Cognitive Deficits Months After Mild COVID

A novel study led by researchers from the University of Oxford has investigated the lingering cognitive effects of mild COVID-19 in the months following infection. The research revealed minor deficits in attention and memory can be seen for up to six months following a mild infection. It is becoming increasingly clear that a severe case of COVID-19 can result in lasting impacts to the brain. Alongside these acute impacts on the brain, there are persistent cognitive deficits being reported by long COVID patients that last months past an initial infection.

This new study, published in the journal Brain Communications, set out to investigate the other end of the disease spectrum. Here, the focus was on cognitive impacts in asymptomatic to moderate COVID-19 patients who do not report symptoms of long COVID.

More than 150 subjects were recruited for the study, with around 60 reporting a PCR-confirmed case of mild COVID-19 up to nine months prior. The cohort completed 12 different online tests designed to measure a range of cognitive functions, from sustained attention and semantic reasoning to mental rotation and spatial–visual attention.

Even a mild case of COVID-19 can lead to long-term neurological problems

“What is surprising is that although our COVID-19 survivors did not feel any more symptomatic at the time of testing, they showed degraded attention and memory,” said Zhao. “Our findings reveal that people can experience some chronic cognitive consequences for months.”

It is unclear exactly what could be causing these specific impairments so many months after an initial infection. The researchers hypothesize the virus may be causing a variety of immunological and microvascular changes in the brain. But the good news is, as study co-author Masud Husain explained, these potential cognitive impairments seem to disappear between six and nine months after initial infection.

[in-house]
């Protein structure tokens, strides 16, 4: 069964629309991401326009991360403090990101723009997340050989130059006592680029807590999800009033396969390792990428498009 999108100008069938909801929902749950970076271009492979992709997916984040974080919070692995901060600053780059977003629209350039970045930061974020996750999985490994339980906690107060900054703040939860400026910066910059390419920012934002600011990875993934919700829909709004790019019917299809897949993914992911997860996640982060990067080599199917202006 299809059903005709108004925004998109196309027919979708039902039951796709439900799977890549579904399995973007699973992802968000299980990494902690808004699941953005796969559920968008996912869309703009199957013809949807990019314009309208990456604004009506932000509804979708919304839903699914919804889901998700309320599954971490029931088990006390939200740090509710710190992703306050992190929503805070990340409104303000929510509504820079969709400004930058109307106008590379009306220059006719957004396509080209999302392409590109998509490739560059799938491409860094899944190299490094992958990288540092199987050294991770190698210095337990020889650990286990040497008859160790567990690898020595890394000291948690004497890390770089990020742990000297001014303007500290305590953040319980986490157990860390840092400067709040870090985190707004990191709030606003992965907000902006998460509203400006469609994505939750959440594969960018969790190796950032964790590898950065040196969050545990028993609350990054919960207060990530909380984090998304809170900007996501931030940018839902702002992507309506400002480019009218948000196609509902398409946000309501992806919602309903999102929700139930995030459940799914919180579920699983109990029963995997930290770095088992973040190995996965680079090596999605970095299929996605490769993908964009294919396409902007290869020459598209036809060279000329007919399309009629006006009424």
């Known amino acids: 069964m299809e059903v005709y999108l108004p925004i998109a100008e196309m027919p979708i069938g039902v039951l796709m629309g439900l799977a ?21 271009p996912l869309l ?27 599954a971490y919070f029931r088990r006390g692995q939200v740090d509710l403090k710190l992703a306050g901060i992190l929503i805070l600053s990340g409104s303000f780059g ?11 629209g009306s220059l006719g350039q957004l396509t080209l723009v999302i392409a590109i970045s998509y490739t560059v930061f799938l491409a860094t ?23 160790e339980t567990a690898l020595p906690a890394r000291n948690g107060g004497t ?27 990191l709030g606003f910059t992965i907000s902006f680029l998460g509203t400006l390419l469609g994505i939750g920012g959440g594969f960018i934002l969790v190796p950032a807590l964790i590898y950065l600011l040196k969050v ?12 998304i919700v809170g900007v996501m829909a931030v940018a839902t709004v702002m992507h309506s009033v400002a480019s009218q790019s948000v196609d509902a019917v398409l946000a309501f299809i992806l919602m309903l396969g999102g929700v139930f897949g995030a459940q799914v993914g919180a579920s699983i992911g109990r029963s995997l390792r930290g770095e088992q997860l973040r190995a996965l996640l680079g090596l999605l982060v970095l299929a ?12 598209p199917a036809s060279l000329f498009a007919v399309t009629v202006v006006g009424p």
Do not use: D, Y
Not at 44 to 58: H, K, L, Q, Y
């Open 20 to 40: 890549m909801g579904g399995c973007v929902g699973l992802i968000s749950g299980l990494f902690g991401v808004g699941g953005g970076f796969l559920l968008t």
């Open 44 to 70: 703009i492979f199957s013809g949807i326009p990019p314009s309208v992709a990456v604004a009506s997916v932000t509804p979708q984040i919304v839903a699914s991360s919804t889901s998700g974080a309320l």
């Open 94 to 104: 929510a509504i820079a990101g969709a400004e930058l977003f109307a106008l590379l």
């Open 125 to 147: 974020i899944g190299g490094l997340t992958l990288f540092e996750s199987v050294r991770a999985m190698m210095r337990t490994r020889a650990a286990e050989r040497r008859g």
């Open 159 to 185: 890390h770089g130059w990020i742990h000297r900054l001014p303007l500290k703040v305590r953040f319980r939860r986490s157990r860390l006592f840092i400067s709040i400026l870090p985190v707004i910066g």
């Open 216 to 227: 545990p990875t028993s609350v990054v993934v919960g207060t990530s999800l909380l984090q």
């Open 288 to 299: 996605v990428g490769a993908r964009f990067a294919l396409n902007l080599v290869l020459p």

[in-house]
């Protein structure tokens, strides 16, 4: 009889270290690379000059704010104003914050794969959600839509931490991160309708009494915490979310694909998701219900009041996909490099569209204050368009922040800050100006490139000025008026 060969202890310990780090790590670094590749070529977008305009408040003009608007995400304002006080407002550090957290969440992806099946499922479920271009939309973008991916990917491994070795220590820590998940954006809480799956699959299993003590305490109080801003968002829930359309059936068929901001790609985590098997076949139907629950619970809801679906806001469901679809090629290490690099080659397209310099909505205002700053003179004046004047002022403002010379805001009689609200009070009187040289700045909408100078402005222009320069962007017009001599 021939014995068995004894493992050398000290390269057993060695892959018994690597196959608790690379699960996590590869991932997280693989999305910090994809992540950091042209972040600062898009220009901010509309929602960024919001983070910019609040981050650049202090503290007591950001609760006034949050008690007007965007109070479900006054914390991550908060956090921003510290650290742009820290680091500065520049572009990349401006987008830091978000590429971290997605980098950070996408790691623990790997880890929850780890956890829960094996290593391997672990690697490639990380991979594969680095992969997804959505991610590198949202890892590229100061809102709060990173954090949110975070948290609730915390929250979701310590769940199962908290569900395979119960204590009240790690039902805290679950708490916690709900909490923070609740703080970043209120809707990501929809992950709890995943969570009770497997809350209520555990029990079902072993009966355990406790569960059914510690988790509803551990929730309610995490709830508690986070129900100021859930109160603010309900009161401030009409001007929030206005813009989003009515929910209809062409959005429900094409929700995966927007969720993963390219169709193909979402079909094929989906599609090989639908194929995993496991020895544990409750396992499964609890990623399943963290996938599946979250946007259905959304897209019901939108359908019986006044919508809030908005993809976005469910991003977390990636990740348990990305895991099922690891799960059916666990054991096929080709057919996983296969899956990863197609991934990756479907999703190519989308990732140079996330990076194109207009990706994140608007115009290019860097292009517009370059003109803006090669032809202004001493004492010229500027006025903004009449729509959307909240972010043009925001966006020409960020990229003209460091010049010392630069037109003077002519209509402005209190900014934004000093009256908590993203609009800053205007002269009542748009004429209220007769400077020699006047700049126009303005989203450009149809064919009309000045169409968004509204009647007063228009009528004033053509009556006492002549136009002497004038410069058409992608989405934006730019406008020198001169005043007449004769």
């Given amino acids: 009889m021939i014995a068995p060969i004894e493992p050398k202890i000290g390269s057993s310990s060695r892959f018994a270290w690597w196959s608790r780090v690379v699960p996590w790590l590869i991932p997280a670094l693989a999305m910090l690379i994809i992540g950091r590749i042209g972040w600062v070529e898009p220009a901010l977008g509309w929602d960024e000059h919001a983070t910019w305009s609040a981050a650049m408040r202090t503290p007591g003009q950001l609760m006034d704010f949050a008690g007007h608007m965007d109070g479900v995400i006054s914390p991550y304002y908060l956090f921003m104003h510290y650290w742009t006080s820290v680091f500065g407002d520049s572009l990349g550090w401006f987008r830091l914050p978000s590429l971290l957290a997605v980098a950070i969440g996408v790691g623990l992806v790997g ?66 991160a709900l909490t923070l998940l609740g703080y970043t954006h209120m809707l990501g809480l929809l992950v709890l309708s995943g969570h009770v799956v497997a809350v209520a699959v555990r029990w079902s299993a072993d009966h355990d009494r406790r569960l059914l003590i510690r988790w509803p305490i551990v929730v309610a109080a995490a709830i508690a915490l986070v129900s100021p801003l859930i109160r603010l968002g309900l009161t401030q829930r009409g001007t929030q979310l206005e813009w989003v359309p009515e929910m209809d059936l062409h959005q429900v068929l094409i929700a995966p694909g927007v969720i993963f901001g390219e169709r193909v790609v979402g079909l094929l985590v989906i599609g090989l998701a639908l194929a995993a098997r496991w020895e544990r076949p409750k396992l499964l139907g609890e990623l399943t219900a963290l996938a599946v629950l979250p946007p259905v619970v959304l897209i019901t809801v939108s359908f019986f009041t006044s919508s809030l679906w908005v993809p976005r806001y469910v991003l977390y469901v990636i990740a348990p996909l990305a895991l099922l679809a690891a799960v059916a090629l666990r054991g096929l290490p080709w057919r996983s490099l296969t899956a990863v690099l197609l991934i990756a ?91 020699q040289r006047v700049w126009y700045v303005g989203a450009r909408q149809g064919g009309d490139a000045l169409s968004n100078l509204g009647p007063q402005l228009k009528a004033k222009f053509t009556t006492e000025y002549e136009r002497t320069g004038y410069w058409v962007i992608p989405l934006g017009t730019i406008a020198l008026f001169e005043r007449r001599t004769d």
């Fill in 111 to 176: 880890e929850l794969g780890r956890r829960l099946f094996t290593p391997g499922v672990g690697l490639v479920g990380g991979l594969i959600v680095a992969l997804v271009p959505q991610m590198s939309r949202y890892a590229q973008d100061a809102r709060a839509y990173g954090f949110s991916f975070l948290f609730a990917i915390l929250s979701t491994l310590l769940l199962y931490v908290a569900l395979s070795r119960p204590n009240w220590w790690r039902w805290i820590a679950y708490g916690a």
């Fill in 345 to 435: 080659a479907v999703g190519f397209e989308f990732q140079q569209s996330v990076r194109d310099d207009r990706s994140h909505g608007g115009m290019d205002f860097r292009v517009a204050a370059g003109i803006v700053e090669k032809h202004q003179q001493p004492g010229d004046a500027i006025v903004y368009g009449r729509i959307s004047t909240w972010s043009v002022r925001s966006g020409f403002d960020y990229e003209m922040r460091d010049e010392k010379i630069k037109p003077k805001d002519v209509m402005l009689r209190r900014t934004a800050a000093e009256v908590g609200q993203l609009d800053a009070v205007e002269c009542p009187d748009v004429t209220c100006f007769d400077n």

We still do not understand the mechanisms that cause these cognitive deficits, but it is very encouraging to see that these attention and memory return largely to normal in most people we tested by six to nine months after infection, who demonstrated good recovery over time,” Husain said. “Reassuringly, COVID-19 survivors performed well in most abilities tested, including working memory, executive function, planning and mental rotation,” the authors write in the new study. “However, they displayed significantly worse episodic memory (up to six months post-infection) and greater decline in vigilance with time on task (for up to nine months).”

The vigilance task is used to evaluate how quickly a person is fatigued during a cognitive exercise demanding consistent attention. Compared to a control group the COVID patients displayed rapid declines in accuracy on the task after about four minutes of concentration. Sijia Zhao, an author on the new study from the University of Oxford, said it was surprising to see these minor cognitive deficits in the recovered COVID-19 subjects because none of the cohort were subjectively reporting any neurological problem.

The full paper, ‘Rapid vigilance and episodic memory decrements in COVID-19 survivors‘, can be read in Brain Communications